On Saturday, a day after the resignation of Egypt's longtime leader Hosni Mubarak, Obama phoned world leaders, reaffirming his support for the people of Egypt whose 18 days of protests led to Mubarak's ouster. Obama pledged U.S. assistance and financial support as Egypt moves toward free and fair elections, the White House said.
Egypt's military is now running the country following Mubarak's resignation. Its pledges Saturday to follow the international treaties the Mubarak government entered into were lauded not only in the U.S., but also in Israel, where leaders were concerned the turmoil in Egypt could threaten the peace accord between the two countries. Egypt's military strongly supports the peace deal, not in small part because it guarantees U.S. aid for the armed forces, currently running at $1.3 billion a year.
Meantime, Obama administration officials were still sorting through the frenetic final hours leading up to Mubarak's resignation Friday. U.S. officials had expected Mubarak to step down a day earlier, but were caught off guard when Mubarak instead issued a rambling statement on Egyptian state television in which he vowed to stay in office, but transfer authority to Vice President Omar Suleiman.
U.S. assumptions were based on contacts Thursday with several Egyptian officials who said Mubarak planned to make a dramatic statement later that day, and hinted that he would resign, a senior Obama administration official said. That included a call between Vice President Joe Biden and Suleiman that set high expectations for what Mubarak would say.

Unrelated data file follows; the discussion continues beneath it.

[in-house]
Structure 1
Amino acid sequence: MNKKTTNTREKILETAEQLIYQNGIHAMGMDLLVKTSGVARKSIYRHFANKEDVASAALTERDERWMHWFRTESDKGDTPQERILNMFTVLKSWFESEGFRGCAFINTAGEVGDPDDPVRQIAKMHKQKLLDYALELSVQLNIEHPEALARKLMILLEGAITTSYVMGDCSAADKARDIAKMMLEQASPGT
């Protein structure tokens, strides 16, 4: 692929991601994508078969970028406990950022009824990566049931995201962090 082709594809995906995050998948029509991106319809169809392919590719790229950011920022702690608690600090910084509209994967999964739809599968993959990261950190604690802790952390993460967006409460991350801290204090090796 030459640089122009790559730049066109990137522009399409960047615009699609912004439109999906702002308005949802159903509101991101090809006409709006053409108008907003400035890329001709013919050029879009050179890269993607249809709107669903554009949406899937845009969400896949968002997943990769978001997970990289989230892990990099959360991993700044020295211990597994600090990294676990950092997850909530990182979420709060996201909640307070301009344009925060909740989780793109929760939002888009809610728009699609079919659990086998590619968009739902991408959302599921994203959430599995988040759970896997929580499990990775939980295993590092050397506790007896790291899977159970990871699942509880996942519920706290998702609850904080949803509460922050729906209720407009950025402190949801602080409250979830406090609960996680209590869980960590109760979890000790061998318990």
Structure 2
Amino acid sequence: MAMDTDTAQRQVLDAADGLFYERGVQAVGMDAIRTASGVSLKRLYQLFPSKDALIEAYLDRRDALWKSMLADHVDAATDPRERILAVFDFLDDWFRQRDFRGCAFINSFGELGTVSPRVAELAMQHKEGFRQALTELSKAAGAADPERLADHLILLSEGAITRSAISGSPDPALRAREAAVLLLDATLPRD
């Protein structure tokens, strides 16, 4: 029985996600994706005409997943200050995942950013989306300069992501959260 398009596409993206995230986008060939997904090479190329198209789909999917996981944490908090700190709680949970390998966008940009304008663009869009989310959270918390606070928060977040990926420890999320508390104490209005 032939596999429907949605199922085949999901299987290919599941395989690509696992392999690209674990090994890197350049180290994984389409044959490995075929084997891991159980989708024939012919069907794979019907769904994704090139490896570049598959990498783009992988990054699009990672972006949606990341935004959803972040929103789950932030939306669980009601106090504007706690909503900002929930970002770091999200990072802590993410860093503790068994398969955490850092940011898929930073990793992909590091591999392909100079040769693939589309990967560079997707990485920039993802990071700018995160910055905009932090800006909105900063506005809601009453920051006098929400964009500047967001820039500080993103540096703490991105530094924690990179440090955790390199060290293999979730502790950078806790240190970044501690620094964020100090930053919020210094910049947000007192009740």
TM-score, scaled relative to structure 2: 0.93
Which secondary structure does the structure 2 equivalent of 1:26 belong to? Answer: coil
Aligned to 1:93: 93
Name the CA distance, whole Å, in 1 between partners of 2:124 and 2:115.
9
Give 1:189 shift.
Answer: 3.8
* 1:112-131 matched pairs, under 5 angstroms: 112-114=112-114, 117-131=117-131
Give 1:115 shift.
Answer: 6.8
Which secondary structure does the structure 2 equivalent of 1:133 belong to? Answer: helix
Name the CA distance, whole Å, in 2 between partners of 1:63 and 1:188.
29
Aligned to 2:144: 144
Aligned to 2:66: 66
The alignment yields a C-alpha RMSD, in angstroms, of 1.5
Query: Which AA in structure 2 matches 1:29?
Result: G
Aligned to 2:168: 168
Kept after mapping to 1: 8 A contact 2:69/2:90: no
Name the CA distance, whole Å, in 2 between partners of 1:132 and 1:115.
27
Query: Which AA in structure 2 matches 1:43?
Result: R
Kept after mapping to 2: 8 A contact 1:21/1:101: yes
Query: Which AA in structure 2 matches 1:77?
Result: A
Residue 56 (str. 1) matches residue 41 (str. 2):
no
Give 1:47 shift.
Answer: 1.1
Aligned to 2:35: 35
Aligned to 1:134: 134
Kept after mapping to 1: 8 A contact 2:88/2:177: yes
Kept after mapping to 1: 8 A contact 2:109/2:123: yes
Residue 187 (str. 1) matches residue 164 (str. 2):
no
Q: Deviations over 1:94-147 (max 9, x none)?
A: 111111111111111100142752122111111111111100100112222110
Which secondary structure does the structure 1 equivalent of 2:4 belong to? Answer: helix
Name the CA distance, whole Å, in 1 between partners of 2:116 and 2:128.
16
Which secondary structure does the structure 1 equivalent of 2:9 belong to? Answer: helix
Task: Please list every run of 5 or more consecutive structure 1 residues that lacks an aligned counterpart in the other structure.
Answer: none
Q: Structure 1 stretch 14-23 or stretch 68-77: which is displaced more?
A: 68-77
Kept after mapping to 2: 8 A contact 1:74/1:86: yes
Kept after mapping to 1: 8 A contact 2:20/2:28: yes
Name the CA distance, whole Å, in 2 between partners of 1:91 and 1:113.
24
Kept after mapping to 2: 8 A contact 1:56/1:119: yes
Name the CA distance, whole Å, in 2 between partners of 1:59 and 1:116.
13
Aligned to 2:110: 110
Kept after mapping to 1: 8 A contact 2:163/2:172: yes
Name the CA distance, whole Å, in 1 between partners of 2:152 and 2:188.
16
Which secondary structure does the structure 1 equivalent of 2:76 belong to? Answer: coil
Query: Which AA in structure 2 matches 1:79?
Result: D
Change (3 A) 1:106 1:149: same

Obama was briefed on these developments as he traveled to Michigan to deliver a speech on wireless Internet access. Anticipating substantial developments out of Cairo, aides decided to insert a brief statement at the top of Obama's remarks to place him squarely on the side of the crowds calling for Mubarak's ouster.
"What is absolutely clear is that we are witnessing history unfold," Obama said Thursday. "It's a moment of transformation that's taking place because the people of Egypt are calling for change."
Even as Obama spoke, there were signs that Mubarak might not resign. The administration official said guidance from Egyptian sources was not consistent, and there was confusion in Egypt's government.
The official spoke on the condition of anonymity in order to speak about internal administration matters.
Now, U.S. officials are closely monitoring other hot spots in the Middle East that could become the next focal points for protests after last month's popular uprising in Tunisia and Mubarak's resignation. Obama spoke to Saturday to King Abdullah II of Jordan, who has taken some steps toward reform following demonstrations in his country.
In conversations as well with British Prime Minister David Cameron and Turkish Prime Minister Recep Tayyip Erdogan, the White House said Obama stressed that he believed democracy would bring more, not less, stability to the region.